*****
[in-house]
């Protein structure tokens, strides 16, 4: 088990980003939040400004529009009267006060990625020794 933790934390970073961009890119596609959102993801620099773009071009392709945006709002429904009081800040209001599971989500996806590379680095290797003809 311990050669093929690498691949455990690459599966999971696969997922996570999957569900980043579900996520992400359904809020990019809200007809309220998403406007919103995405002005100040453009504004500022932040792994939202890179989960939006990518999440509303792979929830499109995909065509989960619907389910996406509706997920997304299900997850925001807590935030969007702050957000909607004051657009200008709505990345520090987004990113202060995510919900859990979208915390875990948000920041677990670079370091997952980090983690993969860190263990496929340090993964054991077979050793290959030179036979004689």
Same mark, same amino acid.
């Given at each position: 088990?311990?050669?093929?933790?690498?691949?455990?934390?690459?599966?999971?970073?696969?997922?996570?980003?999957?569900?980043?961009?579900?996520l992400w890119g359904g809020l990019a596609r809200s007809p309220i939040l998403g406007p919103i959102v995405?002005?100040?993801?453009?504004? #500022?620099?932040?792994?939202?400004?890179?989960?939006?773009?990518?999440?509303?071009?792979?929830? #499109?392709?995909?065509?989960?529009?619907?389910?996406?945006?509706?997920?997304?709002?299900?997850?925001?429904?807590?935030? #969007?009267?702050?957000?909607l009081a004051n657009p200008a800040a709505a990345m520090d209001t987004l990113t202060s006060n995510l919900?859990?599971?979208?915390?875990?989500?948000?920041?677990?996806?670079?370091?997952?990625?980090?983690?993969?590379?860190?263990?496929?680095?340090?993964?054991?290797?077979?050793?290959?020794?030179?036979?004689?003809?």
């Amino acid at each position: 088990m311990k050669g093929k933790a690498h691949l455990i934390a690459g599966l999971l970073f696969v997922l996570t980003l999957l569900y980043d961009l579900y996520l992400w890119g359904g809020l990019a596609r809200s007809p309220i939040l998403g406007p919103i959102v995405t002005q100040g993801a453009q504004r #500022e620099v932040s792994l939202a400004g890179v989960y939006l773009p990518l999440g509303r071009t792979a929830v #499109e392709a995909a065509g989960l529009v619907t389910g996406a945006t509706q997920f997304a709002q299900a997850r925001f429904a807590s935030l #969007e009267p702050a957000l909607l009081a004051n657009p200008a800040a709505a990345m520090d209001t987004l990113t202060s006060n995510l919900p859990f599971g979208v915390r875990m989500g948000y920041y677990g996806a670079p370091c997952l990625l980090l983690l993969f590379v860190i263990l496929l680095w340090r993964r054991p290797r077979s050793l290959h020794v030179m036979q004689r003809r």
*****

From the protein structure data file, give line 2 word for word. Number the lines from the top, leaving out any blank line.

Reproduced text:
């Protein structure tokens, strides 16, 4: 088990980003939040400004529009009267006060990625020794 933790934390970073961009890119596609959102993801620099773009071009392709945006709002429904009081800040209001599971989500996806590379680095290797003809 311990050669093929690498691949455990690459599966999971696969997922996570999957569900980043579900996520992400359904809020990019809200007809309220998403406007919103995405002005100040453009504004500022932040792994939202890179989960939006990518999440509303792979929830499109995909065509989960619907389910996406509706997920997304299900997850925001807590935030969007702050957000909607004051657009200008709505990345520090987004990113202060995510919900859990979208915390875990948000920041677990670079370091997952980090983690993969860190263990496929340090993964054991077979050793290959030179036979004689």